New Atlas of Artificial Sky Brightness

artificial-sky

A new online atlas of artificial sky brightness is now available, based on updated light pollution data published last week. (There’s also a 3D globe version that may not work in all browsers.) Light pollution, as I’ve blogged before, is the bane of professional and amateur astronomers alike, obscuring fainter objects and interfering with observations, both naked-eye and through telescopes. As the article in Science Advances puts it, “This atlas shows that more than 80% of the world and more than 99% of the U.S. and European populations live under light-polluted skies. The Milky Way is hidden from more than one-third of humanity, including 60% of Europeans and nearly 80% of North Americans.” [Rumsey Map Center]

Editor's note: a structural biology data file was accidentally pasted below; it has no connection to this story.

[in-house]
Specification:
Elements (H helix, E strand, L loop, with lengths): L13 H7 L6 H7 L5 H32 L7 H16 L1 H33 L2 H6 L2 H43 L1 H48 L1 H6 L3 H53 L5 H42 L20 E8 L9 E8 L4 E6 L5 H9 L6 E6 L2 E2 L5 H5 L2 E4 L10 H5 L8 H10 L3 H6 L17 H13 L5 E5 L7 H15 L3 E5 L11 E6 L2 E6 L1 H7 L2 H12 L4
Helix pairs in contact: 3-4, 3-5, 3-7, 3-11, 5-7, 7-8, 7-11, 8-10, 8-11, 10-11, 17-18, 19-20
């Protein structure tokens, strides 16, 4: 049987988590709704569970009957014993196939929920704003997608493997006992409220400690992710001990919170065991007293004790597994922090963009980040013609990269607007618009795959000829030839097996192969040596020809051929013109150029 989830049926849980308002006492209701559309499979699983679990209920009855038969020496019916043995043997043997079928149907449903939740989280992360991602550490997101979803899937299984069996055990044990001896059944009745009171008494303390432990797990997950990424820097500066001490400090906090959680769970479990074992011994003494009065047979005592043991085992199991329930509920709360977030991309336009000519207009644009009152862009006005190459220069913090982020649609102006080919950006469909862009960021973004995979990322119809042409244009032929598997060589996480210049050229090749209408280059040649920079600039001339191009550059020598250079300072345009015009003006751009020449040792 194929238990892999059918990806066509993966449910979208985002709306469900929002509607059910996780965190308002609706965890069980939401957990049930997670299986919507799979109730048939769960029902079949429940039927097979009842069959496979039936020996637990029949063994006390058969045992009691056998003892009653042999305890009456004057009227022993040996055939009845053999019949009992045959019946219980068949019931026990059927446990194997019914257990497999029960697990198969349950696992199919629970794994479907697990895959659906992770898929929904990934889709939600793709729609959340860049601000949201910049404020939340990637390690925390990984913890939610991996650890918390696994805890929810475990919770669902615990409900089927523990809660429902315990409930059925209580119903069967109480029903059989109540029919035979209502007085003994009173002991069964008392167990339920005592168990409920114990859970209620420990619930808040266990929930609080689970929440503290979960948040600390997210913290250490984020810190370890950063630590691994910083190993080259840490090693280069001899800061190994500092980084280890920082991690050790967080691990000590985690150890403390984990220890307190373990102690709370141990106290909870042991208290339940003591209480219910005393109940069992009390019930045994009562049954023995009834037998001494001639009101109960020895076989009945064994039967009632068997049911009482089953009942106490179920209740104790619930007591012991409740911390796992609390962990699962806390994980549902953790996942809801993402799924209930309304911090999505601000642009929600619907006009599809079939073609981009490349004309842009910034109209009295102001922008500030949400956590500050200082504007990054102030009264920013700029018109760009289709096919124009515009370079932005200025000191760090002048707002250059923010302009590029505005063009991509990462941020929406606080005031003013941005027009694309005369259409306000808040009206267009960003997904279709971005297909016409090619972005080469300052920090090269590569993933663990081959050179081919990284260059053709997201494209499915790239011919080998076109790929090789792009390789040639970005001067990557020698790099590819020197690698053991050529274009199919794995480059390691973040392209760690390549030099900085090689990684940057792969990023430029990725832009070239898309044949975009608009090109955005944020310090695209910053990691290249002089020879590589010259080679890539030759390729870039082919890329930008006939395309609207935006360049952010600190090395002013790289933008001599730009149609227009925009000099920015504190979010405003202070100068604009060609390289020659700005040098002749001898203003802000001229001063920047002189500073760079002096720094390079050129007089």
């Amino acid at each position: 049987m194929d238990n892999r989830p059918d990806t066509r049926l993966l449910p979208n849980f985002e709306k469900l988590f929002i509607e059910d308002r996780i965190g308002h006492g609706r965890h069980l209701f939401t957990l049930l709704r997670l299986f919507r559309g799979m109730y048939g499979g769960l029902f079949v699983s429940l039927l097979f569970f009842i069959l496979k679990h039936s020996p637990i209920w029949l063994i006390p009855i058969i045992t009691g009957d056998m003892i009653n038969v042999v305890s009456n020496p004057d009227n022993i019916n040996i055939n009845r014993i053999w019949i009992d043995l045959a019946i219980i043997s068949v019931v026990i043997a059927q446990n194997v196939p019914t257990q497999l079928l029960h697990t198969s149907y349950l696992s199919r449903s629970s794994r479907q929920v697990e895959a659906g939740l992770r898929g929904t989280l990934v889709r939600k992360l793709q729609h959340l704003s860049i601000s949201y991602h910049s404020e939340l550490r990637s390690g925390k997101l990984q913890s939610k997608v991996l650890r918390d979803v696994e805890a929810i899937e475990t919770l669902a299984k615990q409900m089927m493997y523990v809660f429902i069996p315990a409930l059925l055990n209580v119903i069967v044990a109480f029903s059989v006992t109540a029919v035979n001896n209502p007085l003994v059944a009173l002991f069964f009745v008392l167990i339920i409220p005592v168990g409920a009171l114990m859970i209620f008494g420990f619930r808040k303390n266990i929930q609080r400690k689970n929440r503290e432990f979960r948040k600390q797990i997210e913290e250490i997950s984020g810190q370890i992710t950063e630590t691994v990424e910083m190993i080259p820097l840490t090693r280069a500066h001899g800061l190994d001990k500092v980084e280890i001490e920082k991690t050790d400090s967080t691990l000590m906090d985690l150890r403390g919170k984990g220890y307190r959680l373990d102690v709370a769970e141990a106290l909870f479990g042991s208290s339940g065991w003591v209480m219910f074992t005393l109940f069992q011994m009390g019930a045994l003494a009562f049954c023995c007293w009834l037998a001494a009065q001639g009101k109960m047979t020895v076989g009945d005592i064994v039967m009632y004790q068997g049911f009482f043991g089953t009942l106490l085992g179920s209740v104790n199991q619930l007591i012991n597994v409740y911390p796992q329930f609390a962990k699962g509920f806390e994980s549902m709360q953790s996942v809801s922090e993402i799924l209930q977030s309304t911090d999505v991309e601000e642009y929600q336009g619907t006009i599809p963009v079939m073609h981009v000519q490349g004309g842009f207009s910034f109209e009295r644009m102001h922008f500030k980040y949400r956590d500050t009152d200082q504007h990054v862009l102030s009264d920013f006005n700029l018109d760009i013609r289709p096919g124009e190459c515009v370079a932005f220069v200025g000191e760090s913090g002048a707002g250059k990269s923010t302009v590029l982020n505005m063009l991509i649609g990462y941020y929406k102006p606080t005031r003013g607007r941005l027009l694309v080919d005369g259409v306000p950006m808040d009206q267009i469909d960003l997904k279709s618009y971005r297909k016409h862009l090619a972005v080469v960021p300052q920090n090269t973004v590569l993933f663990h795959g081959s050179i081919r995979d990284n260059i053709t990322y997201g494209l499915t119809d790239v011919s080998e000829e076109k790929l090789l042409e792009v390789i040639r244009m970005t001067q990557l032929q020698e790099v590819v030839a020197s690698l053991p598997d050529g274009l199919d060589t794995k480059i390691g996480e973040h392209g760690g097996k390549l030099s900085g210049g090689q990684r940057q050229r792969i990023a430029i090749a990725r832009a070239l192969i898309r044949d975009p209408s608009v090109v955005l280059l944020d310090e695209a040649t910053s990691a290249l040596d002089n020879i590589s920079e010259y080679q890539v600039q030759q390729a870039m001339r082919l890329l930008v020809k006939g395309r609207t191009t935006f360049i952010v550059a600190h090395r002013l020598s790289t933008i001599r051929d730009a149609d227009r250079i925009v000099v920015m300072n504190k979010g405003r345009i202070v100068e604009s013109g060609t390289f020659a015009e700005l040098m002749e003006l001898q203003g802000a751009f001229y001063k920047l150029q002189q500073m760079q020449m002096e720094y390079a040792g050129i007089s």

Previously: Light Pollution Maps; Testing Light Pollution Maps; Testing Light Pollution Maps Redux; Darker Than You Think.

Author: Jonathan Crowe

I blog about maps at The Map Room, review books for AE: The Canadian Science Fiction Review, and edit a fanzine called Ecdysis.